Nepal’s old-guard politicians who were swept out of power in this month’s elections are trying to block a new Maoist-controlled government. They just might succeed, but only at the cost of wrecking the Constituent Assembly.
Nepal’s Maoists won a commanding election victory this month, taking more seats than their nearest two rivals combined. In return they expected to lead a new coalition government. This week, however, Nepali Congress leaders including Prime Minister Koirala, who had announced that he would resign from politics after the election, challenged the Maoists to unseat the current government.
The NC look ready to stay in charge until removed and have made several new demands from and arguments against Maoist leadership. Their move is backed by royalists and the army, who fear a Maoist-led government. The US is also reported to support keeping Koirala and the NC in control: The PM says that “a section of the international community want me to continue.”
Civic groups and newspaper editorials have challenged the ethics of a soundly-defeated party refusing to yield, but the abstract argument matters little. Nepal’s interim constitution requires a consensus government or, failing that, a government with a two-thirds majority. (That also means that a standing government can only be removed by a two-thirds vote.)
A quick look at the electoral math suggests that the NC might succeed in blocking the Maoists, but only at the cost of wrecking the Constituent Assembly.
Any coalition must have, first, a simple majority: 301 seats out of the 601-member assembly. By previous agreement, the monarchy can be abolished by that vote, and most legislative activity – the assembly will also serve as parliament – will also require only a majority.
The Maoists are best placed to reach that mark. They hold 220 seats directly and can count on another 35 or so seats from other left parties. The remaining 45 seats could come from an alliance with the MJF (52 seats), who have said they will support any government that will push their demand for autonomy in southern Nepal.
Or the Maoists could align with the UML (103 seats) or with a faction of that party. There are already reports of district-level UML leaders resigning and joining the Maoists. The UML has demanded that the the Maoists demobilize the YCL, their militia, as a price for cooperation, but consistency has never before stood in the way of expediency for the party.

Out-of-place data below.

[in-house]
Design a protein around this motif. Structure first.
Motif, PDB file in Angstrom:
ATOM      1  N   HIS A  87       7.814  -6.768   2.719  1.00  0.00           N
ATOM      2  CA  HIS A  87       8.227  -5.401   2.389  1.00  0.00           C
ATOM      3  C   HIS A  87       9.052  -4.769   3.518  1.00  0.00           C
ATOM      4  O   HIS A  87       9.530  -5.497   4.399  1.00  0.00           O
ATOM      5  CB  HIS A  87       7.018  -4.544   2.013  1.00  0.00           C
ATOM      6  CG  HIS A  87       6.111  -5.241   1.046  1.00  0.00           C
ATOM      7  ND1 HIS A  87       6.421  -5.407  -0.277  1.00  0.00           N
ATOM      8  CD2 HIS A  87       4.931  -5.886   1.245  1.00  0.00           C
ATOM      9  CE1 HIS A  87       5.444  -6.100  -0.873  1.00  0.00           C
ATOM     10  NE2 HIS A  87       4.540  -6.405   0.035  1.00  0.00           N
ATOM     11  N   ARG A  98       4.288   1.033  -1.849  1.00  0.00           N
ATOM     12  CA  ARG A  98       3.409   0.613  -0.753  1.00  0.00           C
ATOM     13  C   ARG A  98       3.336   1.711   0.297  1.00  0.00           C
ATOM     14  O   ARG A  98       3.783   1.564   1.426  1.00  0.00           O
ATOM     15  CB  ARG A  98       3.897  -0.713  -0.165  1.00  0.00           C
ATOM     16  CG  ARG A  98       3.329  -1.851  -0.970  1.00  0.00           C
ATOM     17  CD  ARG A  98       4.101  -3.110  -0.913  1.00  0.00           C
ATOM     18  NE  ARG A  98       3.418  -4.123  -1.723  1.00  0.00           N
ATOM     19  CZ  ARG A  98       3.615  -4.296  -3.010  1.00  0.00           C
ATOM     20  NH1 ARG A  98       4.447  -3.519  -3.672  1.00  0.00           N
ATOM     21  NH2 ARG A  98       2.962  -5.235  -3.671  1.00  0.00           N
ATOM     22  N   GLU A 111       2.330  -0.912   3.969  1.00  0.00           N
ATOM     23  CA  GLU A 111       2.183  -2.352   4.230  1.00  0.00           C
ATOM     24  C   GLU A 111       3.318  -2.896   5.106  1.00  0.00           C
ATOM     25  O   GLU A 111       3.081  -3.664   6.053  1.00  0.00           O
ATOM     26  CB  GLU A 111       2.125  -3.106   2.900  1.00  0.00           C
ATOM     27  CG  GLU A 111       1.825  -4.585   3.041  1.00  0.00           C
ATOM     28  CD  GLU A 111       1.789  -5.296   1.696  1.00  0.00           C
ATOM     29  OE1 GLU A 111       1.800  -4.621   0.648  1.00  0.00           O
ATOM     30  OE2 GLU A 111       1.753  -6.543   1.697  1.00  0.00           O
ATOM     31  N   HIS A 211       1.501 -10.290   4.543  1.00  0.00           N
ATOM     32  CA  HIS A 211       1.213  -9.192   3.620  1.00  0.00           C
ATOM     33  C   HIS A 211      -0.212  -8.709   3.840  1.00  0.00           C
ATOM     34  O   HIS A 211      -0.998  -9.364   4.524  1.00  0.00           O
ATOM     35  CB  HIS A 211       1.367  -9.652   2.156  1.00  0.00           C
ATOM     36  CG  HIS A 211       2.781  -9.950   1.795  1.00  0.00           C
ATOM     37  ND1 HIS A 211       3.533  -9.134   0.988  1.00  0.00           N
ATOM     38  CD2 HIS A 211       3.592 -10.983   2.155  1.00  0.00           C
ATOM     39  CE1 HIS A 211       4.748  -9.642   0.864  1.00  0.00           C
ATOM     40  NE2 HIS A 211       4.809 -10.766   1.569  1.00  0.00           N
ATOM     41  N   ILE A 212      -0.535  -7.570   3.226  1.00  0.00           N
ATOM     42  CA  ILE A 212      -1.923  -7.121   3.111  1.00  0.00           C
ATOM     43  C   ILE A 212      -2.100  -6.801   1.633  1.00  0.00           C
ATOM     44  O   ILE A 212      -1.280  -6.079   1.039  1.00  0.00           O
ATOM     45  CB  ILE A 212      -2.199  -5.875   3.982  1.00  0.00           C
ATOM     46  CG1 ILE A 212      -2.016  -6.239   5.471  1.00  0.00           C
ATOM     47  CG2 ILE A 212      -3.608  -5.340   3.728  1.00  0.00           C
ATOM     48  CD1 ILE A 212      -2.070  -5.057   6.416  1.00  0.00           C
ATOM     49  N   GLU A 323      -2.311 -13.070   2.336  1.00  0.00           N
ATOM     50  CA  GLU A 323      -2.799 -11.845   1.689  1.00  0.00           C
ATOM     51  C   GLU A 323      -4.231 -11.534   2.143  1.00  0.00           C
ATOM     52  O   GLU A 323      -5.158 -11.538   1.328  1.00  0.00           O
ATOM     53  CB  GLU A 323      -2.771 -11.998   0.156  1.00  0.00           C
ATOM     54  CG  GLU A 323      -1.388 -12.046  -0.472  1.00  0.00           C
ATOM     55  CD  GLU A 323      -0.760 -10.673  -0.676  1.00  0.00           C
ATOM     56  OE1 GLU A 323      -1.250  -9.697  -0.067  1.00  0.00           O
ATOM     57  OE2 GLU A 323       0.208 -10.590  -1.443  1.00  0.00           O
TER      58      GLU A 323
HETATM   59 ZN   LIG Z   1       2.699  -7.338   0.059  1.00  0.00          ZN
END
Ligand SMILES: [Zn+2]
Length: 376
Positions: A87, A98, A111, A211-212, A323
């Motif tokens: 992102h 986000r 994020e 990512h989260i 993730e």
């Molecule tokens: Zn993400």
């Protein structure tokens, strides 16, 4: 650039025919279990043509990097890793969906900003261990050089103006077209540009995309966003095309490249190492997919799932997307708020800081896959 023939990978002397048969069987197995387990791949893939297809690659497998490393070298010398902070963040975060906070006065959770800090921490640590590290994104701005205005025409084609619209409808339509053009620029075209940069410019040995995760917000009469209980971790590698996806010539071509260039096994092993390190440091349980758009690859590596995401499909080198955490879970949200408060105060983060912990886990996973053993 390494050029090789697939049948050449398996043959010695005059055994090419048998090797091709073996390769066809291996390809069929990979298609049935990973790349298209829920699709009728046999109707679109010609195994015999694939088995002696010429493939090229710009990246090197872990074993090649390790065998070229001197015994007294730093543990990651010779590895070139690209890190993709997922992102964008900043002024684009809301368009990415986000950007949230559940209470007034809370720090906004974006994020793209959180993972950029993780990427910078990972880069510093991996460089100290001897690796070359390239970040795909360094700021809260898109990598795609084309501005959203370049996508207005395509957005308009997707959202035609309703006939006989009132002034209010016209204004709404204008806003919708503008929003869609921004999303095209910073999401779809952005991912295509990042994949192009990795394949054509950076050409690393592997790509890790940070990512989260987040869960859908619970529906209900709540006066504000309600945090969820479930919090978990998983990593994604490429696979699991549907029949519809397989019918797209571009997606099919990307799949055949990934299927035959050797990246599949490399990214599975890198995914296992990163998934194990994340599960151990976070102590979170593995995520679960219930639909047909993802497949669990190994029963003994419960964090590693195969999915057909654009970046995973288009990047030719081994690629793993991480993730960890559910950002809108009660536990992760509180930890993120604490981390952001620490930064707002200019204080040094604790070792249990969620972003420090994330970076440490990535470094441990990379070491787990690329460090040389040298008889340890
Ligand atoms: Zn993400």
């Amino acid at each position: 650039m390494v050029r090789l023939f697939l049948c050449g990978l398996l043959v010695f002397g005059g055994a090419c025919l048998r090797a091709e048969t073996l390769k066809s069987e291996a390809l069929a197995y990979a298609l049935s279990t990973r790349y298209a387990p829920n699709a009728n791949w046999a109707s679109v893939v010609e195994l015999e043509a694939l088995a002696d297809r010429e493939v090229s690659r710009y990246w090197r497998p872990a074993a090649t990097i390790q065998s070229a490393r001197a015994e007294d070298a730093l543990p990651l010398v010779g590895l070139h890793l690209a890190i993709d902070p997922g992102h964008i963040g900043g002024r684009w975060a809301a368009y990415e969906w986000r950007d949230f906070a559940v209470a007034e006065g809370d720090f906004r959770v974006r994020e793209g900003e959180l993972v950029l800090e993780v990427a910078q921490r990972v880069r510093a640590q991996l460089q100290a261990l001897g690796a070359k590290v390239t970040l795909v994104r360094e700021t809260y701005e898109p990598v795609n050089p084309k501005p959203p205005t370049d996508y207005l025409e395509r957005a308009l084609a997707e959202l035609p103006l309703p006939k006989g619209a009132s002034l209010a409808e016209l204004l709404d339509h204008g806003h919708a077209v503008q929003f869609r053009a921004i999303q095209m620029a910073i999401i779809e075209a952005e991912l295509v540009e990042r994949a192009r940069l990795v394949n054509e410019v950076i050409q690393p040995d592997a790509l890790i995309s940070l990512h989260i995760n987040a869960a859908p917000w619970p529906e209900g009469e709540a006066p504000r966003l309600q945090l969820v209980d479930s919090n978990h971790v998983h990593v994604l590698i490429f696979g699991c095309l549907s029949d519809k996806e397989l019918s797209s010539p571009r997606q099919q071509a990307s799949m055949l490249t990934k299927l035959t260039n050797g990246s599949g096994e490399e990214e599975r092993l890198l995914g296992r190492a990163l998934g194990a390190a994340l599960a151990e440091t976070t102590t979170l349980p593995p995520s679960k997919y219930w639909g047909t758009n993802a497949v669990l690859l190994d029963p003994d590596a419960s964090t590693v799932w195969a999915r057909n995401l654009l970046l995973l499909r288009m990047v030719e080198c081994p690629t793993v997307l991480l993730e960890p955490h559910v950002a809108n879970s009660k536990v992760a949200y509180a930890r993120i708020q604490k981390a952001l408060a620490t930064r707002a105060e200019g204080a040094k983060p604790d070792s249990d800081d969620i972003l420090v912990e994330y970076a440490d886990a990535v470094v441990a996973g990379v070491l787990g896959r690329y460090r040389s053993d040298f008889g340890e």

Congress’s hope of a majority would come from an NC – UML coalition plus the MJF and all of the royalist and center-right parties. It’s not clear whether that formula musters a bare majority or falls just short. But even without the MJF and others, the two old parties could block a Maoist government.
Secondly, in the absence of consensus, any coalition must be able to muster a plurality of two-thirds (401 votes) to form a stable government and, ultimately, to ratify a constitution.
A Maoist-plus-allies – UML – MJF coalition would do. A coalition without the MJF but with the support of other Terai and ethnic parties might just just reach 401 votes too.
But the Maoists’ 220 votes absolutely prevent an NC-based coalition from reaching plurality. The NC can’t form a stable government, but their fear that they and their allies could never dislodge a Maoist government drives their desperate bid to hold on to power. What little remains of the party’s reputation is a likely casualty, even if they prevail.
Forming a new government will be a bitter battle over the next few weeks, and the 26 appointed CA seats will be key. (There are 575 elected seats and 26 appointed ones.) The appointed seats were originally intended to ensure minority representation, but they will now certainly become bargaining chips.
But whose chips to hand out? The interim constitution says that the appointed members will be “nominated by the interim Council of Ministers, on the basis of consensus.” Koirala and the NC will assume that the current cabinet appoints them. The Maoists will argue that a new government, reflecting the election results, should allocate the 26 seats.
This is the Maoists’ first big test. If they can assemble a plurality with other left and ethnic parties, they won’t need the Nepali Congress or the royalists. Congress’ only option is to play the spoiler. The risk is that they may spoil not only a Maoist electoral government but also the assembly.
John Child is The NewsBlaze Nepal Correspondent, a journalist in Kathmandu who writes about goings-on in and around Nepal and her neighbors.